Affleck said the geographic areas seeing the strongest demand and rent growth in multifamily are affordable, regional markets.
“Richmond, Virginia, along with Sacramento and the Inland Empire in California, offer significant discounts to D.C. and San Francisco,” he said. “With labor increasingly democratized or at least freed from location because of telework, a lot of firms may begin to look to those secondary markets as a home for offices.”
Industrial Markets: Current Conditions
Panelists agreed that the strong performance of industrial during the COVID-19 pandemic, when e-commerce soared amid stay-at-home orders, should continue for the foreseeable future.
“In Canada, overall investment activity is down 20%, but industrial investment is up 24%,” Wong said. “It’s a very safe bet.”
However, not all industrial properties will thrive. For example, Wong noted that small-bay operators are seeking rent deferments at a much higher rate than other industrial properties.
“We’re seeing deferment rates of around 10% to 15% for these operators, compared to 5% to 7% for other operators,” he said. “It will be interesting if we get a second wave of COVID. Some of the small-bay users serve the restaurant and hospitality industries, and as we know, they’re taking a hit right now.”
Amazon continues to take on an enormous amount of warehouse and distribution space. The e-commerce giant has added more than 58 million square feet in 2020, and a lot more is on the way. During an earnings call in July, CFO Brian Olsavsky said the company wants to increase the square footage in its fulfillment network by 50% before the end of 2020 to keep up with demand driven by the pandemic.
However, panelists pointed out that the operators fueling the expansion of distribution space are more diverse than most people realize.
“It’s not all Amazon,” said James Breeze, global head of industrial and logistics research with CBRE. “While Amazon is dominating 2020, if you take out all the Amazon deals, industrial transactions are still up. Just 1% or so, but they’re still up. The reason for this is the continued strength of the third-party logistics (3PL) industry. 3PLs have accounted for 30% of transactions this year, the most for any occupier type.”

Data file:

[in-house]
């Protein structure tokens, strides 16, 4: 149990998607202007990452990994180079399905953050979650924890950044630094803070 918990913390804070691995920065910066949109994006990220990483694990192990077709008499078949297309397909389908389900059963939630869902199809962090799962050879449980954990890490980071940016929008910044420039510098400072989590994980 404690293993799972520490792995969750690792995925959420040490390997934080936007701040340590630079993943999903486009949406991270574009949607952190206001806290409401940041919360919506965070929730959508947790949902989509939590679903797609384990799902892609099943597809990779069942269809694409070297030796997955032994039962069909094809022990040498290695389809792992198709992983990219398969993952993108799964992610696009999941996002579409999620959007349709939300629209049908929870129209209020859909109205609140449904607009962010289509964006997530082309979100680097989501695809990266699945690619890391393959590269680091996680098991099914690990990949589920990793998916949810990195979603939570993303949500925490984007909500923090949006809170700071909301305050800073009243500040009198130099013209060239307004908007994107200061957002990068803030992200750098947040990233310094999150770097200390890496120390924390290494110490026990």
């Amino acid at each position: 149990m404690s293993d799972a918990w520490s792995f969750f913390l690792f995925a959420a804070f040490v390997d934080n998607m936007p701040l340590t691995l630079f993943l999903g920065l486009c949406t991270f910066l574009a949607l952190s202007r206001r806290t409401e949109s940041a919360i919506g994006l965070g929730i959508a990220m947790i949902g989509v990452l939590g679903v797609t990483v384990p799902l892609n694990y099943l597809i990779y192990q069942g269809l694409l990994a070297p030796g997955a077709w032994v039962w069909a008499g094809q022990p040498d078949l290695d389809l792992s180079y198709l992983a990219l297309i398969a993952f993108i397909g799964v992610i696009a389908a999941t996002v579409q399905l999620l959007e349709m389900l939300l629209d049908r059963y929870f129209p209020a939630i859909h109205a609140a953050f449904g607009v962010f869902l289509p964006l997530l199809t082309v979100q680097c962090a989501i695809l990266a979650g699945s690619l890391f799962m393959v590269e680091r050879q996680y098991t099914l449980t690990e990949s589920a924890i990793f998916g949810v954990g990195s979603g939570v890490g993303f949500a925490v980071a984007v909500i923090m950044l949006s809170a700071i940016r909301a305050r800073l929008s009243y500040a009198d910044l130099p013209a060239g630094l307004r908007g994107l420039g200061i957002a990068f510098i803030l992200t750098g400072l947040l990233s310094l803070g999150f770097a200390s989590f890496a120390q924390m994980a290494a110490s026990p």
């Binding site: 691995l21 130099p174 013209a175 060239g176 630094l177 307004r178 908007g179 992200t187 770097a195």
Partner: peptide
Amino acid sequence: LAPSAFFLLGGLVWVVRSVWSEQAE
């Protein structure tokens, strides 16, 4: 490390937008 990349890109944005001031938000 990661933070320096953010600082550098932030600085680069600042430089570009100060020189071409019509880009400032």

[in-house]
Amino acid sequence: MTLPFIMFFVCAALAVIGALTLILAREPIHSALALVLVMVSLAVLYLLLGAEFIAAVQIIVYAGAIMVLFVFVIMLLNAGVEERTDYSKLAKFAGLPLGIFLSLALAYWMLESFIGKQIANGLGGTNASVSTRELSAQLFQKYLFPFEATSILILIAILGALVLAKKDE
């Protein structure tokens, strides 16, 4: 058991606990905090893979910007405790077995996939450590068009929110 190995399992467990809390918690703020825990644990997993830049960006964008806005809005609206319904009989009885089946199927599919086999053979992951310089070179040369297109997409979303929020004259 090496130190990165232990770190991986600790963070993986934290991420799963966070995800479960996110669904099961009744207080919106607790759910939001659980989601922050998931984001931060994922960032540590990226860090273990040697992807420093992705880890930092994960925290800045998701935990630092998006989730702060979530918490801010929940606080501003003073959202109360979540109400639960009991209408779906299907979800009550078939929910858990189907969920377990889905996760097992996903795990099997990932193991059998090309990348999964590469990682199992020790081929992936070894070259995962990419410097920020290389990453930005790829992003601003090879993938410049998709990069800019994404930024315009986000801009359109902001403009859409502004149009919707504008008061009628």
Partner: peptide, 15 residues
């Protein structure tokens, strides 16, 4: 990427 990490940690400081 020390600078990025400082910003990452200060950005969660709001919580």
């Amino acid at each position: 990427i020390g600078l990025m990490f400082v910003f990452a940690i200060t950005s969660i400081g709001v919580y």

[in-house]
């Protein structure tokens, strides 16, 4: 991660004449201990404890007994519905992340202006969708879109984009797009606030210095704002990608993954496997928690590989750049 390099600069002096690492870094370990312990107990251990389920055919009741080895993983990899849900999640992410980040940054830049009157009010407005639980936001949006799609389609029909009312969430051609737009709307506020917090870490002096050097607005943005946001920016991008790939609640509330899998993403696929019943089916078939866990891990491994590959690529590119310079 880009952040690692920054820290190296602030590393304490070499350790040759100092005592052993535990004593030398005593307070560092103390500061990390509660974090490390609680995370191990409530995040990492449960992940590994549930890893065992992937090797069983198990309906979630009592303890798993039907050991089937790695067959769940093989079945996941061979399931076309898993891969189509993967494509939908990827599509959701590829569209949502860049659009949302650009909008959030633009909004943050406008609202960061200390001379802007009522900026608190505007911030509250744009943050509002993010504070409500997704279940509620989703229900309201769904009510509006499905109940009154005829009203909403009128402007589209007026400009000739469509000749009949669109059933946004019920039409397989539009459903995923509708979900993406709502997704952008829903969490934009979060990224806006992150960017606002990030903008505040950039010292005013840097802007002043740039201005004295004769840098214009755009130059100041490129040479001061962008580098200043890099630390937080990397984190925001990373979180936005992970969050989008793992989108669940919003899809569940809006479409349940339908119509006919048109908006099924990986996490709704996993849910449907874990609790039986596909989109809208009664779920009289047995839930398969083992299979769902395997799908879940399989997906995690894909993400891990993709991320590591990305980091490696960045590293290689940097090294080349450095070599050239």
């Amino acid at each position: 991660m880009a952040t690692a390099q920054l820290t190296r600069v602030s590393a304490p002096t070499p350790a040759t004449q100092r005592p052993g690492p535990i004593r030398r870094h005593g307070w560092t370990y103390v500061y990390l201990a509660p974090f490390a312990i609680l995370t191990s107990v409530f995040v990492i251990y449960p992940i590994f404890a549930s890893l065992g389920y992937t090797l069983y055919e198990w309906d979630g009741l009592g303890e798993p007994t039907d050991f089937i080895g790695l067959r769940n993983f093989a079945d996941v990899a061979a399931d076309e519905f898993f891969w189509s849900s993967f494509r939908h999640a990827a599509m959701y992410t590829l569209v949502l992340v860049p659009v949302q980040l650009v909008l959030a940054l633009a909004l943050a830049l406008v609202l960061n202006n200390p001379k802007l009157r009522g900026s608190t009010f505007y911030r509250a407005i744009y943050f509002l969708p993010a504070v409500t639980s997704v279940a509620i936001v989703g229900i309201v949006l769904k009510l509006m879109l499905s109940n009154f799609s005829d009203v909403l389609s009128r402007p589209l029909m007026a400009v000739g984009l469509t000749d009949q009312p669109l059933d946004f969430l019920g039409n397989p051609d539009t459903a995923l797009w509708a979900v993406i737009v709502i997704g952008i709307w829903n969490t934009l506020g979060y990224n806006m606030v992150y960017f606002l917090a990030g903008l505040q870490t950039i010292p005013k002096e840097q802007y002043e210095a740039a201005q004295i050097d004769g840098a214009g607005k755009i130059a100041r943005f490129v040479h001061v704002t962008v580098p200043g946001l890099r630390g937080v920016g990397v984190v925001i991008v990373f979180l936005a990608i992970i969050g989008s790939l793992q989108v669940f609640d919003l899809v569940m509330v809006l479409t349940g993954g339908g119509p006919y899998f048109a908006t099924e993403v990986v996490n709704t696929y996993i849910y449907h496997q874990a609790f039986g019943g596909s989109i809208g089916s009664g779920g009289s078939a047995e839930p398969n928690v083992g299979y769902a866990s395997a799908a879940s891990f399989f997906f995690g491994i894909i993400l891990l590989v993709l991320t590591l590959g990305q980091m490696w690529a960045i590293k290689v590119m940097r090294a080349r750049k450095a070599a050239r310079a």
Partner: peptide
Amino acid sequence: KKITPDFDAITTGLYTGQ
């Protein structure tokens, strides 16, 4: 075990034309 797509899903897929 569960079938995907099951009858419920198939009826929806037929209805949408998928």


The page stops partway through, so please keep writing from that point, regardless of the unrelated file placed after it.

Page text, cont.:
Breeze said that in the short term, a big driver for expansion is the need for higher inventory levels and increased safety stock.
“Demand from inventory control is not coming from retailers so much,” he said. “It’s coming from wholesalers and outsourced 3PLs. They need to keep more product on shore to keep retailers happy. If they don’t, the supplier will lose shelf space or the 3PL could lose the contract. These kinds of companies will require more space and could be a major demand driver in the next 12 to 24 months because of this.”
Chris Caton, senior vice president of global strategy and analytics with Prologis, said he’s seeing that as well.
“We’ve seen other multichannel retail fulfillers growing, too,” he said. “In addition, 3PLs are active as they can quickly spool up. They offer expertise, real estate and the labor for logistics operations. We’ve seen some essential industries such as food, beverage and health care companies taking space.”
Looking ahead, panelists said automation and robotics in distribution facilities should continue to grow, as will cold storage (see related story, page 50). Conversions of obsolete retail buildings into last-mile facilities should also accelerate.
Because the pandemic exposed vulnerabilities in global supply chains, panelists discussed the future of nearshoring and reshoring to ensure that critical supplies are always available in North America during a crisis. They indicated that it could be years before a permanent change takes place.
“It takes time and money to completely revamp supply chains, but our desire for decreased reliance on China will support that trend,” said Amanda Ortiz, national director of industrial research with Colliers. “There’s a lot of benefits to reshoring. Offshore costs are rising. We could respond to needs so much faster. We could also reduce unemployment and create jobs, which are all good things for the industrial sector.”